In the summer evening’s stillness under the calm of the the sickle moon Evensong is softly sung. The gentle breeze catching only the occasional sigh On the evening’s air. The hope of summer rests in the gently rolling hills, the golden sheaves of garnered corn and the lushness of the blackberries in the hedgerows. With solemn seriousness Nature sighs and as the evening cools the silence of the scene is pierced occasionally by God’s evening hymn.
I think that I shall never see A poem lovely as a tree.
A tree whose hungry mouth is prest Against the earth’s sweet flowing breast;
A tree that looks at God all day, And lifts her leafy arms to pray;
A tree that may in Summer wear A nest of robins in her hair;
Upon whose bosom snow has lain; Who intimately lives with rain.
Poems are made by fools like me, But only God can make a tree.
Notes: (From Wikipedia):
Joyce Kilmer (born as Alfred Joyce Kilmer; December 6, 1886 – July 30, 1918) was an American writer and poet mainly remembered for a short poem titled “Trees” (1913), which was published in the collection Trees and Other Poems in 1914. Though a prolific poet whose works celebrated the common beauty of the natural world as well as his Roman Catholic religious faith, Kilmer was also a journalist, literary critic, lecturer, and editor. While most of his works are largely unknown, a select few of his poems remain popular and are published frequently in anthologies. Several critics—including both Kilmer’s contemporaries and modern scholars—have disparaged Kilmer’s work as being too simple and overly sentimental, and suggested that his style was far too traditional, even archaic. Many writers, including notably Ogden Nash, have parodied Kilmer’s work and style—as attested by the many parodies of “Trees”.
At the time of his deployment to Europe during World War I, Kilmer was considered the leading American Roman Catholic poet and lecturer of his generation, whom critics often compared to British contemporaries G.K.Chesterton (1874–1936) and Hilaire Belloc (1870–1953). He enlisted in the New York National Guard and was deployed to France with the 69th Infantry regiment (the famous “Fighting 69th”) in 1917. He was killed by a sniper’s bullet at the Second Battle of the Marne in 1918 at the age of 31. He was married to Aline Murray, also an accomplished poet and author, with whom he had five children.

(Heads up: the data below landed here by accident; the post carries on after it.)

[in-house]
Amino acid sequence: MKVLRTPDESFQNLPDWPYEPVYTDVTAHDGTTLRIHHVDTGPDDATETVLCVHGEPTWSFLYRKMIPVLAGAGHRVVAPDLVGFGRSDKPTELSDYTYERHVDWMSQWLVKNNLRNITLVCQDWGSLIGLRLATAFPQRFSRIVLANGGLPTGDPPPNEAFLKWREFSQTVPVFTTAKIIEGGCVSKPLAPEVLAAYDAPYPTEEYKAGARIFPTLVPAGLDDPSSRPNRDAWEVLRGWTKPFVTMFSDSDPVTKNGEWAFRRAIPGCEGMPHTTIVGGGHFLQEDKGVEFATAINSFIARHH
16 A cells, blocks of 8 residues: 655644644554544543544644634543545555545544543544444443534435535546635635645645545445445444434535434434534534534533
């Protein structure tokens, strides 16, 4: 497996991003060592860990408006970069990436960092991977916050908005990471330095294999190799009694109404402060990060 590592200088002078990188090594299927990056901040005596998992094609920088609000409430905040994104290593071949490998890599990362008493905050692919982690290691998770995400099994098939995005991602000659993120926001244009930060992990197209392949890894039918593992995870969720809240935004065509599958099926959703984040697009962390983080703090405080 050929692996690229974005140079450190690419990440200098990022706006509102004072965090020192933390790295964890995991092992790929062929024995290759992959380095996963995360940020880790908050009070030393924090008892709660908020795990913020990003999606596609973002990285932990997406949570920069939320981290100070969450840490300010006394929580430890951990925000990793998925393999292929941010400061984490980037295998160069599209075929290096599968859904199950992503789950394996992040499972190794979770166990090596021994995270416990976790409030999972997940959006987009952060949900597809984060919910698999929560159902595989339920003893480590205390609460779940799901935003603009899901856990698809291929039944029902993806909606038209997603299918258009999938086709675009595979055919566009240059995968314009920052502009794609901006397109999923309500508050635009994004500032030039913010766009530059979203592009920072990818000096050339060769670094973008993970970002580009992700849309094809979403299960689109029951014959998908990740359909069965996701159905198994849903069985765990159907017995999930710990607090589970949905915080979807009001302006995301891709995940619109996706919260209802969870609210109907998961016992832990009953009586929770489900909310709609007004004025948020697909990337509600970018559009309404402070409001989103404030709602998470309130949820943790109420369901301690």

John Clare (1793 – 1864) was an English poet. Born in Northamptonshire, he was the son of a farm labourer, who became known for his celebrations of the English countryside and for regularly expressing sorrows at its disruption. His poetry underwent major re-evaluation in the late 20th century and he is now often seen as one of the important 19th-century poets. His biographer, Jonathan Bate, states that Clare was “the greatest labouring-class poet that England has ever produced. No one has ever written more powerfully of nature, of a rural childhood, and of the alienated and unstable self.” Many of his poems are filled with a joy he experienced in nature and the countryside. Sadly, however, for the last 25 years of his life Clare suffered from mental illness and was incarcerated in a mental institution. In this wistful soul-searching poem, described by some as “one of the greatest poems of sheer despair ever written”, Clare spills out his desolation and detachment from a life which he would dearly love to have lived . . .
‘I AM’ . . . by John Clare
I AM! yet what I am who cares, or knows? My friends forsake me, like a memory lost. I am the self-consumer of my woes, They rise and vanish, an oblivious host, Shadows of life, whose very soul is lost. 5 And yet I am—I live—though I am toss’d. Into the nothingness of scorn and noise, Into the living sea of waking dream, Where there is neither sense of life, nor joys, But the huge shipwreck of my own esteem 10 And all that’s dear. Even those I loved the best Are strange—nay, they are stranger than the rest. I long for scenes where man has never trod— For scenes where woman never smiled or wept— There to abide with my Creator, God, 15 And sleep as I in childhood sweetly slept, Full of high thoughts, unborn. So let me lie, The grass below; above, the vaulted sky.